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And that's why water districts build canals. So teenagers have somewhere to sit on the banks, drink and fool around.


Posted by: Megan | Link to this comment | 08-19-09 12:18 PM
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23: Because that threat loses a lot of its salience after age six or so.

10, 26, 28: My guess is that the credit card bill only comes once a month, and this service is being marketed to parents so irresponsible that they don't read the credit card bill closely enough to tell their kids' purchases from their own, and/or wouldn't notice inconsistencies in the record a couple weeks after the fact.


Posted by: Cyrus | Link to this comment | 08-19-09 12:18 PM
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More evidence on my piles labled 'why parents qua parents are bad people' and 'i don't understand the insatiable urge to run other people's lives'


Posted by: yoyo | Link to this comment | 08-19-09 12:20 PM
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Aha. I didn't drink outside just hanging around a lot myself. Maybe cell phones will make it easier for kids who do to call home, though.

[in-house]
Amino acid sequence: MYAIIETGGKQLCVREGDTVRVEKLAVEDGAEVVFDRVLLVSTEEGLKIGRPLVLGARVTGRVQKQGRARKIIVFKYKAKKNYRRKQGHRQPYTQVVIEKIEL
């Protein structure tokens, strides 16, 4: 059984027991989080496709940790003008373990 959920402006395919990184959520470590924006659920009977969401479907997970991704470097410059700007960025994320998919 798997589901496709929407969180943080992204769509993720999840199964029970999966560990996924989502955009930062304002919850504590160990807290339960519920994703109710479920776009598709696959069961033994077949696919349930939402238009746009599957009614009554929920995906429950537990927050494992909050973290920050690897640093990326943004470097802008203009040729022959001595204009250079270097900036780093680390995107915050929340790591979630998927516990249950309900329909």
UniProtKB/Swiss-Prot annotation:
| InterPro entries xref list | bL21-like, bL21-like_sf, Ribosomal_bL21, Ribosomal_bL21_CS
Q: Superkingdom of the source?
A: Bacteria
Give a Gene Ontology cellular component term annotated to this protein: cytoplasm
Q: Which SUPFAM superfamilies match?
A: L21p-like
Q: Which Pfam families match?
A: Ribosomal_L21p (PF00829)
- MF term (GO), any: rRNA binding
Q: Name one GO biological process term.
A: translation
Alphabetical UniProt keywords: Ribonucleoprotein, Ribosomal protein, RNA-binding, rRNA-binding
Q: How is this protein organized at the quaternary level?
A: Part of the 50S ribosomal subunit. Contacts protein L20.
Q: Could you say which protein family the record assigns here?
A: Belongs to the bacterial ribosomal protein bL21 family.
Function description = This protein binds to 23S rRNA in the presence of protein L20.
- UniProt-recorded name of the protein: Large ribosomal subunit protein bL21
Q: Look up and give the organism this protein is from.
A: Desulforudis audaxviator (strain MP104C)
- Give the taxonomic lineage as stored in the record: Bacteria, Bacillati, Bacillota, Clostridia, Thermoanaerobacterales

this service is being marketed to parents so irresponsible paranoid that it seems to them like a good idea to constantly monitor their kids in real time.


Posted by: bitchphd | Link to this comment | 08-19-09 12:21 PM
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'i don't understand the insatiable urge to run other people's lives'

It's less an urge than a habit that is very hard to break after years and years spent having to remind people to go to the fucking bathroom.


Posted by: bitchphd | Link to this comment | 08-19-09 12:23 PM
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36

It wasn't a credit card but a debit card.

So they'd have to read their bank statement rather than the CC bill.


Posted by: nosflow | Link to this comment | 08-19-09 12:26 PM
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37

I think you'll find that that is a significant difference.


Posted by: nosflow | Link to this comment | 08-19-09 12:26 PM
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38

"I didn't drink outside just hanging around a lot myself."

Because you had standards? Anyway, I learned important lessons like why you should never drink Hamm's, what happens when beer freezes, what happens when you try to unfreeze beer by putting on the dash and running the defrost, and how shocked people from the city are when guys just go piss behind the car.


Posted by: Moby Hick | Link to this comment | 08-19-09 12:28 PM
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13: As I explained on Standpipe's blog, in 12 I meant that most people wrongly employ "nonplussed" to mean its opposite, IMO because of its structural similarity to "unfazed." I was employing an equivalence between misspelling and outright malapropism to IMO great comic effect.


Posted by: k-sky | Link to this comment | 08-19-09 12:41 PM
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40